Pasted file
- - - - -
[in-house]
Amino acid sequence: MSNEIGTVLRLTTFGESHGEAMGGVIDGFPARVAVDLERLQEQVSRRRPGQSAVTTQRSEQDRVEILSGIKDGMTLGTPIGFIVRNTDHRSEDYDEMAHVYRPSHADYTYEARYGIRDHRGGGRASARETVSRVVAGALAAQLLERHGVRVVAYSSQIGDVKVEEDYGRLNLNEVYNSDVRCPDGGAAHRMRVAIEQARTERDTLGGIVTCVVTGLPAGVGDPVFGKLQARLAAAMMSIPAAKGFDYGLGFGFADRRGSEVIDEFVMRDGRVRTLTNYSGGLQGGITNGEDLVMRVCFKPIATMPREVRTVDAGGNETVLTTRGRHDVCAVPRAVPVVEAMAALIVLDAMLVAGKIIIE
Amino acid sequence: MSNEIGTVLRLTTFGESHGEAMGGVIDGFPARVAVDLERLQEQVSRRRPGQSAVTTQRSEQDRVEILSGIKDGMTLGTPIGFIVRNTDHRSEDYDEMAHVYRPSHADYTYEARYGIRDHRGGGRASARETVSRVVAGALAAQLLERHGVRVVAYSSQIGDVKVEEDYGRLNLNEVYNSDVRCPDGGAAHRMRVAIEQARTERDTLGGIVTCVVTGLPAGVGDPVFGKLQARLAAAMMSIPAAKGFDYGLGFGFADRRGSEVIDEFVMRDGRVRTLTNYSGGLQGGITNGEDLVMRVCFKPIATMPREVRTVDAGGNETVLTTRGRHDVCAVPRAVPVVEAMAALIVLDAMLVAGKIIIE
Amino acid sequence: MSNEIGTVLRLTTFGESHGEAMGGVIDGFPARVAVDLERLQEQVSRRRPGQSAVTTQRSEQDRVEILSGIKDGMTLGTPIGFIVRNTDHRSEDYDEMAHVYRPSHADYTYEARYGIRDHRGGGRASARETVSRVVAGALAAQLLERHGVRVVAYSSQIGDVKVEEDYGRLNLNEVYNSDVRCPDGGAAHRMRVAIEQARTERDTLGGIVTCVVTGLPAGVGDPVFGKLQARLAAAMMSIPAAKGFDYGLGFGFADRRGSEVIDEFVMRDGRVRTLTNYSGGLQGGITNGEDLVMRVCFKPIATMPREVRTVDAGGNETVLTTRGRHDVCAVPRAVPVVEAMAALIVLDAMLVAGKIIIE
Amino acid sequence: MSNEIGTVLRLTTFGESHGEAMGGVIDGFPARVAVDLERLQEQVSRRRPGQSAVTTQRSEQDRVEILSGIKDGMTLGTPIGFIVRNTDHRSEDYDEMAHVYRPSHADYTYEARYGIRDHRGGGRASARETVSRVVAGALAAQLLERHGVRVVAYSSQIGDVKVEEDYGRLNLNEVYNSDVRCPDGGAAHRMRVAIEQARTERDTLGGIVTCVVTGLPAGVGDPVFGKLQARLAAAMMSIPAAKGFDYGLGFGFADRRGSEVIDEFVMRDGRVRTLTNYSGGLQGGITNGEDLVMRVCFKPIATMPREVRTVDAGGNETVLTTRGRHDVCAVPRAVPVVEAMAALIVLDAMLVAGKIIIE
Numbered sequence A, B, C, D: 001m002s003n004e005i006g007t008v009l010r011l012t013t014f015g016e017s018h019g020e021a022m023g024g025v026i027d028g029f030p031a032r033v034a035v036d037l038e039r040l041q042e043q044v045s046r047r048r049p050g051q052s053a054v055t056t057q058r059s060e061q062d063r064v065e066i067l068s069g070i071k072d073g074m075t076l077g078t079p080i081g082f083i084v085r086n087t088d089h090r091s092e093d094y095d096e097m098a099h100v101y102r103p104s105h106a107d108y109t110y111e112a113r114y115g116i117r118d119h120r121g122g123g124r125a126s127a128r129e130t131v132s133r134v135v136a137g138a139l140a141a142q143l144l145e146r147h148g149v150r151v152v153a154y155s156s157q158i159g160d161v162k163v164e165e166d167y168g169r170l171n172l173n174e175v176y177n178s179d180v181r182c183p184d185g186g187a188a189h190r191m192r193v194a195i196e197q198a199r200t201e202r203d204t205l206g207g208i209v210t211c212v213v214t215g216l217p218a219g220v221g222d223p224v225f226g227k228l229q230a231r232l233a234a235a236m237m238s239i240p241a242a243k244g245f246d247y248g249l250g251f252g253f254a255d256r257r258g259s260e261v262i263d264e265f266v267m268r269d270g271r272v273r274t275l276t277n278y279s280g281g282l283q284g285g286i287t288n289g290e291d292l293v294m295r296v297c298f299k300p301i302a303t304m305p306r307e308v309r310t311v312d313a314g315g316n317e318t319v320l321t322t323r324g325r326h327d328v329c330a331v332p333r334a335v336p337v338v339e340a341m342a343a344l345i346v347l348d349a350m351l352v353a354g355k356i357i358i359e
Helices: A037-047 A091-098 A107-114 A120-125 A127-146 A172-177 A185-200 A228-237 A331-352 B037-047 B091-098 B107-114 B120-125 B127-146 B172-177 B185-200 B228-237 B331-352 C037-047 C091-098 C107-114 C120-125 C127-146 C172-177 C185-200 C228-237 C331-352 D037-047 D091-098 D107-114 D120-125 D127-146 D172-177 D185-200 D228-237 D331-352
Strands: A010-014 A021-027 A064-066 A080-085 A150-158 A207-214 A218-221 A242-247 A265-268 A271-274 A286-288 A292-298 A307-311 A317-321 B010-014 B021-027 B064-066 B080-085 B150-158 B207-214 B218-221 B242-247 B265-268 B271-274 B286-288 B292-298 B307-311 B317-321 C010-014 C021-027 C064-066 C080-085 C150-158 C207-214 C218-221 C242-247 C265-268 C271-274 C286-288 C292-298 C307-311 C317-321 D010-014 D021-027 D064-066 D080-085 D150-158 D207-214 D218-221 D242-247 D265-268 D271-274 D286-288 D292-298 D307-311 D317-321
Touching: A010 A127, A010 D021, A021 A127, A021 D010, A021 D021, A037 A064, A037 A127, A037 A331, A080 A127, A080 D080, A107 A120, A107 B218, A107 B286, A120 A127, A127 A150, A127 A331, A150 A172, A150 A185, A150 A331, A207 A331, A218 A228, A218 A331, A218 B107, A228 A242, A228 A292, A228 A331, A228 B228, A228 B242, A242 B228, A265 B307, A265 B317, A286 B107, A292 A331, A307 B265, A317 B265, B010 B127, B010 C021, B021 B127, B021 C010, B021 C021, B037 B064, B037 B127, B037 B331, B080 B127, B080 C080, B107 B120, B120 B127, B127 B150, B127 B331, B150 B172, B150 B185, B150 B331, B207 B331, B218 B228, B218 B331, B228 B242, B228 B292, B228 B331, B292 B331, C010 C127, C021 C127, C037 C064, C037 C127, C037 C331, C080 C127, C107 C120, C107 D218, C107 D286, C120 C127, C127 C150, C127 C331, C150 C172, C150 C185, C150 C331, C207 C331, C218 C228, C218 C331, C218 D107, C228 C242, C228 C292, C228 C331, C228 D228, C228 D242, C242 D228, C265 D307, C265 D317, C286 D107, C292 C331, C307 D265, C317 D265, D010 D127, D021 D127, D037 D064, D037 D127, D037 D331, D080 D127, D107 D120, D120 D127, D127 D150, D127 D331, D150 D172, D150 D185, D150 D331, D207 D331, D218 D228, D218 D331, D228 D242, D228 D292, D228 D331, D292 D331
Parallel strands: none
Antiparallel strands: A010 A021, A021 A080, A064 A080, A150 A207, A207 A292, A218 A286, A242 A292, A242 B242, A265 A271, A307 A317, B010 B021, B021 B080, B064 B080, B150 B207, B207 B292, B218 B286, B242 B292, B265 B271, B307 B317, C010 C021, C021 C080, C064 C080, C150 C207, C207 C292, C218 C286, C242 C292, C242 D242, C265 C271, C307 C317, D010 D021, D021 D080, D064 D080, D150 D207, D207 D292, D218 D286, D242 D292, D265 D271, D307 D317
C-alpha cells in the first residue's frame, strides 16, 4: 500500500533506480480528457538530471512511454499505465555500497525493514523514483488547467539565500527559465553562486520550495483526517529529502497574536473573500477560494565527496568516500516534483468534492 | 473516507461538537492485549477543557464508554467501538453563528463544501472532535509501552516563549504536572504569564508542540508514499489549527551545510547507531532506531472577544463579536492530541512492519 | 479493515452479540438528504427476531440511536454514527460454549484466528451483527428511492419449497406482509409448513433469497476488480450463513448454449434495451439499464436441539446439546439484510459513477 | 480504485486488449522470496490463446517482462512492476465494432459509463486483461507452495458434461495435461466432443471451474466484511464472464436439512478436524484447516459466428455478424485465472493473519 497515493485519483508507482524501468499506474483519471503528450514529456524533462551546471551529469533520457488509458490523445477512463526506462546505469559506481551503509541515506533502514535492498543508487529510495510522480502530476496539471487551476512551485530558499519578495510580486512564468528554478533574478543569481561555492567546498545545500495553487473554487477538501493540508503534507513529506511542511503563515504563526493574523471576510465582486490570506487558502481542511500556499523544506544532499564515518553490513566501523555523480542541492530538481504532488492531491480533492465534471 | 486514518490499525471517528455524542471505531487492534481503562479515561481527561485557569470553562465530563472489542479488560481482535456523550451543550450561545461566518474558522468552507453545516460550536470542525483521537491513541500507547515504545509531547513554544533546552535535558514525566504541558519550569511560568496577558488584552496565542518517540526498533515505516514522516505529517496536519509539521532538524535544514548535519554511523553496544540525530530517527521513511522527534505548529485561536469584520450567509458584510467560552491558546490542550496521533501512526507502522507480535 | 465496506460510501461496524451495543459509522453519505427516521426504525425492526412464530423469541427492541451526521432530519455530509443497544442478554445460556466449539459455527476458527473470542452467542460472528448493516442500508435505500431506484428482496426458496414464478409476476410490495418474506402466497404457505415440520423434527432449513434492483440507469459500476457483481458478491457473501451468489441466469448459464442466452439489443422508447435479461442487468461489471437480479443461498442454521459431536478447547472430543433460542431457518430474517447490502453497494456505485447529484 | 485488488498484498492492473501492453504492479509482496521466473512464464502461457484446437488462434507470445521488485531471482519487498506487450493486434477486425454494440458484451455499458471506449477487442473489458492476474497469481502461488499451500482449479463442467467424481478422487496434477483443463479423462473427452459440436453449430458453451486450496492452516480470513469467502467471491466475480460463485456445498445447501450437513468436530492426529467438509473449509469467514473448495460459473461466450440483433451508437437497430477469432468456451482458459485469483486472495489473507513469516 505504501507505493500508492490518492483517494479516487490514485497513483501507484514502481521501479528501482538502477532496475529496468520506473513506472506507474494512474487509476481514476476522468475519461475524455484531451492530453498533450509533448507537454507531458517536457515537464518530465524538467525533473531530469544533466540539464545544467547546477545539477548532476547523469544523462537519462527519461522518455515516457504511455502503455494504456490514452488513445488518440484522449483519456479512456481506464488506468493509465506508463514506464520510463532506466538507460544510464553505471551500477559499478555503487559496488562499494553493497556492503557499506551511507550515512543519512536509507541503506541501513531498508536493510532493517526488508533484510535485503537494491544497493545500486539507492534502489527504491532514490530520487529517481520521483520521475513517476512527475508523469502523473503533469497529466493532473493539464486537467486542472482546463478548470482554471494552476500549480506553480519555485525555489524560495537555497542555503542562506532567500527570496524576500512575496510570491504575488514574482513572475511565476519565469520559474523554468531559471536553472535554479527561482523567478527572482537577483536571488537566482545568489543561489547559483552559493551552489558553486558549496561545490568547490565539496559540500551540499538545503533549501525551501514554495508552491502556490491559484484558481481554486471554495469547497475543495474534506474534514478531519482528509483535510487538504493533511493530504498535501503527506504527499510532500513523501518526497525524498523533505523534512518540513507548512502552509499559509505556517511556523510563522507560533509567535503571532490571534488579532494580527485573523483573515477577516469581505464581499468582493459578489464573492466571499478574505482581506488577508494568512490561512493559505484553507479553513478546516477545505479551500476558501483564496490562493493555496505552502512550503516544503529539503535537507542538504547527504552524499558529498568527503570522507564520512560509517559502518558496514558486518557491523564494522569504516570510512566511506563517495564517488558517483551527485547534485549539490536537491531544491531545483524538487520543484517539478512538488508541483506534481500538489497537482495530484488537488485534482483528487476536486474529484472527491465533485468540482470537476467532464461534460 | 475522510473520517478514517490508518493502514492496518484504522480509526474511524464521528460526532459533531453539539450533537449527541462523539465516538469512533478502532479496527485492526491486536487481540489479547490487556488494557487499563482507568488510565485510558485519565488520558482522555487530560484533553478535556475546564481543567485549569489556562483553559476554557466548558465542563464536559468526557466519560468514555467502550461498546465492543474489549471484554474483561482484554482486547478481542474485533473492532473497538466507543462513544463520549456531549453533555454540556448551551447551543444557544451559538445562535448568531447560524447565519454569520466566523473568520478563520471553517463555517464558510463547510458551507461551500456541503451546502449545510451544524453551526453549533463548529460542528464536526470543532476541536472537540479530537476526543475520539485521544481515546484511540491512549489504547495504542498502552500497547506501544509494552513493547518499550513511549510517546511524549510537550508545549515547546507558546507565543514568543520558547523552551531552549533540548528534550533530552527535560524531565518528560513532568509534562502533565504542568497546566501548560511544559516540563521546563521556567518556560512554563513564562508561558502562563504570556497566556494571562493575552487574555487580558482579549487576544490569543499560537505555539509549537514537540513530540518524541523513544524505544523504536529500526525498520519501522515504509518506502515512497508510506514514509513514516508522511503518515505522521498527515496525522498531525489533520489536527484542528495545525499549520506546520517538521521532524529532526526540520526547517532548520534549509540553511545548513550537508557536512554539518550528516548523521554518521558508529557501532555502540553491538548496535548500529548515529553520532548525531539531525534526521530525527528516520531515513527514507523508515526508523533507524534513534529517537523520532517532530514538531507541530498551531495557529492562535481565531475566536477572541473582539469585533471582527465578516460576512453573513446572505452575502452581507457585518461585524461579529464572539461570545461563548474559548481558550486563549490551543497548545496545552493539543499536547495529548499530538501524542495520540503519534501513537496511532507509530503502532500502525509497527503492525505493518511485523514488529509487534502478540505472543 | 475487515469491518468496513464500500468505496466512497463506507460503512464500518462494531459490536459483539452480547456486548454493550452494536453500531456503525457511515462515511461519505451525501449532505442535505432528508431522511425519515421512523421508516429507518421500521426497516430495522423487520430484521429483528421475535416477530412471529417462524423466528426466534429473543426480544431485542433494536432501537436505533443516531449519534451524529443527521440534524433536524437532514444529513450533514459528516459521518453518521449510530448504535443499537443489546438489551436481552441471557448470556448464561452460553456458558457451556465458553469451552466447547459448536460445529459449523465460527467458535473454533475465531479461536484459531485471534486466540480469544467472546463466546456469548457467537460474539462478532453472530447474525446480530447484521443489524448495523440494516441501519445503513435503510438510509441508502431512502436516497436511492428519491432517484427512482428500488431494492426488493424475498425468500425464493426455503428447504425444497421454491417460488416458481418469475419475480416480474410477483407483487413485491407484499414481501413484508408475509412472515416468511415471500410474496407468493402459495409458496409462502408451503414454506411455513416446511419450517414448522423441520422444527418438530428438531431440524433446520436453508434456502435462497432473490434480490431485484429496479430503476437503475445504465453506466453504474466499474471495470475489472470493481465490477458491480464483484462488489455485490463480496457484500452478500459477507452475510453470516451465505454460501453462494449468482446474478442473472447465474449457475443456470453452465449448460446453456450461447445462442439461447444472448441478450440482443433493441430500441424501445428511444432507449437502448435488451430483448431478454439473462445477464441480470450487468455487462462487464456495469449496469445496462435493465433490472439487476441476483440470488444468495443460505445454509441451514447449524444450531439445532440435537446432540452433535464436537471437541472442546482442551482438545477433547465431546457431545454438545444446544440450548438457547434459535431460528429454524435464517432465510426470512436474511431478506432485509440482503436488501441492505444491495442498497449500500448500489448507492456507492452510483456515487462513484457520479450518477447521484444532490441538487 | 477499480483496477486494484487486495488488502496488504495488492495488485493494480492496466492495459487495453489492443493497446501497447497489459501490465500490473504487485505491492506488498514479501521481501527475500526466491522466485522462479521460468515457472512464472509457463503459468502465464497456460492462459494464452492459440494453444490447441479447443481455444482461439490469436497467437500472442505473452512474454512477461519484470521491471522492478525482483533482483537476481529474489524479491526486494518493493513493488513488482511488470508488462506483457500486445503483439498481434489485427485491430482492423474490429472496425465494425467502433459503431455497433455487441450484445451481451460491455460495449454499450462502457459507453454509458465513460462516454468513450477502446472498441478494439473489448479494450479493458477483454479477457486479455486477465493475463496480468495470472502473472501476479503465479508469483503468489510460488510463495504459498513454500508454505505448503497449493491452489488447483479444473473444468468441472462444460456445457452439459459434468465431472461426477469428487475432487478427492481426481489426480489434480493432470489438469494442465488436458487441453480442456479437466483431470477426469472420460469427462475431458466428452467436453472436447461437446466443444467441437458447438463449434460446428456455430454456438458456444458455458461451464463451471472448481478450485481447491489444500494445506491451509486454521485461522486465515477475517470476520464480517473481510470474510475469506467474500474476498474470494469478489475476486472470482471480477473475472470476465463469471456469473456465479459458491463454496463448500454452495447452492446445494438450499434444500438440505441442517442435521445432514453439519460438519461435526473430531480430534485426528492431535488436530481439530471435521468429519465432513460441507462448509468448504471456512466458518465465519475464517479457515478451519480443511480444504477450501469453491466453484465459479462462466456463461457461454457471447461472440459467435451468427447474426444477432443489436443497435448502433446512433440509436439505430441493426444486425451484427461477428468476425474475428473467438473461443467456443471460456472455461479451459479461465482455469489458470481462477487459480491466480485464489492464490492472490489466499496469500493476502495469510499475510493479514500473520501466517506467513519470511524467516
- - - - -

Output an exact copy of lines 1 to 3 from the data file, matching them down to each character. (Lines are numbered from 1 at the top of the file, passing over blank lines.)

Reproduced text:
[in-house]
Amino acid sequence: MSNEIGTVLRLTTFGESHGEAMGGVIDGFPARVAVDLERLQEQVSRRRPGQSAVTTQRSEQDRVEILSGIKDGMTLGTPIGFIVRNTDHRSEDYDEMAHVYRPSHADYTYEARYGIRDHRGGGRASARETVSRVVAGALAAQLLERHGVRVVAYSSQIGDVKVEEDYGRLNLNEVYNSDVRCPDGGAAHRMRVAIEQARTERDTLGGIVTCVVTGLPAGVGDPVFGKLQARLAAAMMSIPAAKGFDYGLGFGFADRRGSEVIDEFVMRDGRVRTLTNYSGGLQGGITNGEDLVMRVCFKPIATMPREVRTVDAGGNETVLTTRGRHDVCAVPRAVPVVEAMAALIVLDAMLVAGKIIIE
Amino acid sequence: MSNEIGTVLRLTTFGESHGEAMGGVIDGFPARVAVDLERLQEQVSRRRPGQSAVTTQRSEQDRVEILSGIKDGMTLGTPIGFIVRNTDHRSEDYDEMAHVYRPSHADYTYEARYGIRDHRGGGRASARETVSRVVAGALAAQLLERHGVRVVAYSSQIGDVKVEEDYGRLNLNEVYNSDVRCPDGGAAHRMRVAIEQARTERDTLGGIVTCVVTGLPAGVGDPVFGKLQARLAAAMMSIPAAKGFDYGLGFGFADRRGSEVIDEFVMRDGRVRTLTNYSGGLQGGITNGEDLVMRVCFKPIATMPREVRTVDAGGNETVLTTRGRHDVCAVPRAVPVVEAMAALIVLDAMLVAGKIIIE